The identification of mechanisms and predictors of injury specific to an athletic population is a vital, preceding step to the development of injury prevention programs.[1],[2] The volume of injury prevention research focused on noncontact ACL injury in females has grown exponentially in the past two decades due to the elevated prevalence of ACL injury in females. This elevated prevalence is a result of an estimated 4–6 times greater incidence rate when compared to male athletes and 5–10 times increase in high school and collegiate sport participation by females over the past 30 years.[3] Second, a noncontact mechanism of injury accounts for the vast majority (70%–72%) of all ACL injuries, which points to the possibility that modifiable intrinsic factors may predict the risk of injury.[4],[5] Finally, ACL injuries carry a multifactorial burden for affected athletes, including (1) costly/invasive surgery, (2) costly/lengthy rehabilitation, (3) losses in performance even after rehabilitation, (4) high risk for reinjury, (5) severe psychosocial effects and deficits on academic performance, and (6) high risk for the development of osteoarthritis.[3],[6],[7],[8],[9],[10]

In preventing and/or rehabilitating any injury, programs targeting prospectively identified, injury-specific, and modifiable risk factors are paramount. Limited hip rotation, synthetic playing surfaces in American football, and different aspects of the knee joint's bony structures have been retrospectively identified.[11],[12],[13],[14] Further, lower-extremity strength and flexibility have also been proposed as contributing factors for ACL injuries.[3],[15],[16],[17] However, the only modifiable variable that has been shown to prospectively predict first-time, noncontact ACL injury in athletes is excessive knee valgus angle during a landing task.[18] Researchers have also hypothesized that these risk factors most likely differ by population differences (age, sport, and team). One example of this is the presence of body mass index (BMI) as a prospective risk factor for noncontact ACL injury in female military cadets, but absent in the female athletic population.[19] The number of collegiate schools sponsoring female soccer teams has grown over 300% since 1988, and internal derangement of the knee is the second most common injury for this population.[20] Despite the apparent need, no studies have prospectively identified risk factors for noncontact ACL injury in this population.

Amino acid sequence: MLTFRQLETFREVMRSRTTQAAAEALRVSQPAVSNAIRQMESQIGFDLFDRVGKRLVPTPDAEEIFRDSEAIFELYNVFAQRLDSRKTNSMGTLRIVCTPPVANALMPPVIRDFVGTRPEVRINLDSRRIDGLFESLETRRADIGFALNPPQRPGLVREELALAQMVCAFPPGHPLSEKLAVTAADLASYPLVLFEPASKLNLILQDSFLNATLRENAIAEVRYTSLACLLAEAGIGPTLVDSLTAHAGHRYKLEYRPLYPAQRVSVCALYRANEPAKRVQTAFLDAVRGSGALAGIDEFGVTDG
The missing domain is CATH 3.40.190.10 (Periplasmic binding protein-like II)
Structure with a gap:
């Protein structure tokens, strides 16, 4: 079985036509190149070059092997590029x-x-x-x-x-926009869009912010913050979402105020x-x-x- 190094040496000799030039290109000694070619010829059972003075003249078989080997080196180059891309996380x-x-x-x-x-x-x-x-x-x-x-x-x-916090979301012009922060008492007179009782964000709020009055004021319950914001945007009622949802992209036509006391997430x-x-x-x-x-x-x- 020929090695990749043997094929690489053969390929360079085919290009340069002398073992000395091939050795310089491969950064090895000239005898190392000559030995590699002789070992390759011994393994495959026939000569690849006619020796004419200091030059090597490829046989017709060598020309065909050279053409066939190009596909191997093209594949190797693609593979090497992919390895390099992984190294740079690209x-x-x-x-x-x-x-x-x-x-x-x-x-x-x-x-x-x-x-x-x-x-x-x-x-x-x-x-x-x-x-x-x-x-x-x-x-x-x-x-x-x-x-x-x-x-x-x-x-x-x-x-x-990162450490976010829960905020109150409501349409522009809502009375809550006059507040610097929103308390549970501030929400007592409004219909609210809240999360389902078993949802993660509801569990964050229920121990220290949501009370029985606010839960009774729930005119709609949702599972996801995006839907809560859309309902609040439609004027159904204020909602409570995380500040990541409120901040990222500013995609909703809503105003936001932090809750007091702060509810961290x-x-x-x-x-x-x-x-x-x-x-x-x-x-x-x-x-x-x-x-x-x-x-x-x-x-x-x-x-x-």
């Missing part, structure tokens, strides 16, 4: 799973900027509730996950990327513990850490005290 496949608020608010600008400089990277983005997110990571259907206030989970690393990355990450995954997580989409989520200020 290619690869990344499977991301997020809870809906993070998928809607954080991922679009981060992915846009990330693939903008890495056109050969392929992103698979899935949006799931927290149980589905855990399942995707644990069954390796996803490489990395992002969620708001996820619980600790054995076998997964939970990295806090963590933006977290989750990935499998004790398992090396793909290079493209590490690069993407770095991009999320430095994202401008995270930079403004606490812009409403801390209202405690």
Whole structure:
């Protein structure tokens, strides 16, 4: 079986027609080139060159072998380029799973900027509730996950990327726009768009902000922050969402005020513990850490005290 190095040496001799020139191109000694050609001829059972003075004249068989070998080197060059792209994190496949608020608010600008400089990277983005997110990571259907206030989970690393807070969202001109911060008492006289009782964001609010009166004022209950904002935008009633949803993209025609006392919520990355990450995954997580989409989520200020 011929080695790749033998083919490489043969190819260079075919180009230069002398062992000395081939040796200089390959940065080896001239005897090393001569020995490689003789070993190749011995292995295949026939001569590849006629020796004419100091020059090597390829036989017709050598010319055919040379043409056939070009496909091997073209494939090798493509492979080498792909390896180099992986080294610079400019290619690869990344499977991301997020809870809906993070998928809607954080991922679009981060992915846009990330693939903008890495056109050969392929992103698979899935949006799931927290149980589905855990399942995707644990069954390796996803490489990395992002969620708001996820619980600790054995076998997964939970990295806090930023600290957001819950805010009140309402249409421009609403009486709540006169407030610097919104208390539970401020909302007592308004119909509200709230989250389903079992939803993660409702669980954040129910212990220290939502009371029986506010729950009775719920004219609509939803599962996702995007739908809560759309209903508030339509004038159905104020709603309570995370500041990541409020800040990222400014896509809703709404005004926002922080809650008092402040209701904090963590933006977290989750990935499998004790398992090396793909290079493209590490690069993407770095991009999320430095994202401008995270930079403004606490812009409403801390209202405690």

The difficulty in identifying predisposing risk factors for any musculoskeletal injury (but especially for one with a low relative incidence) lies in the need for large sample sizes, long-term follow-ups, and an overall high cost by nature. An alternative to this, and one that offers the advantage of also being specific to sport, age and team status, are studies that utilize samples of a single athletic team.[21] Numerous case studies related to injury prevention or rehabilitation have been published utilizing small or single-case sample sizes.[21] In the absence of studies with large samples, these case studies are a viable option for clinicians and can be designed to utilize objective measures to track their respective athletes or team. A review of previous injury prevention, physiotherapy case studies by Sousa et al.[21] revealed that the most common topic was ACL injury in soccer players. However, the majority of the case studies were retrospective in nature, using same-subject or historical controls, and qualitative analyses with poorly defined methods.[21] Case studies utilizing a prospective design and quantitative data would provide stronger and more actionable information for clinicians treating ACL injuries.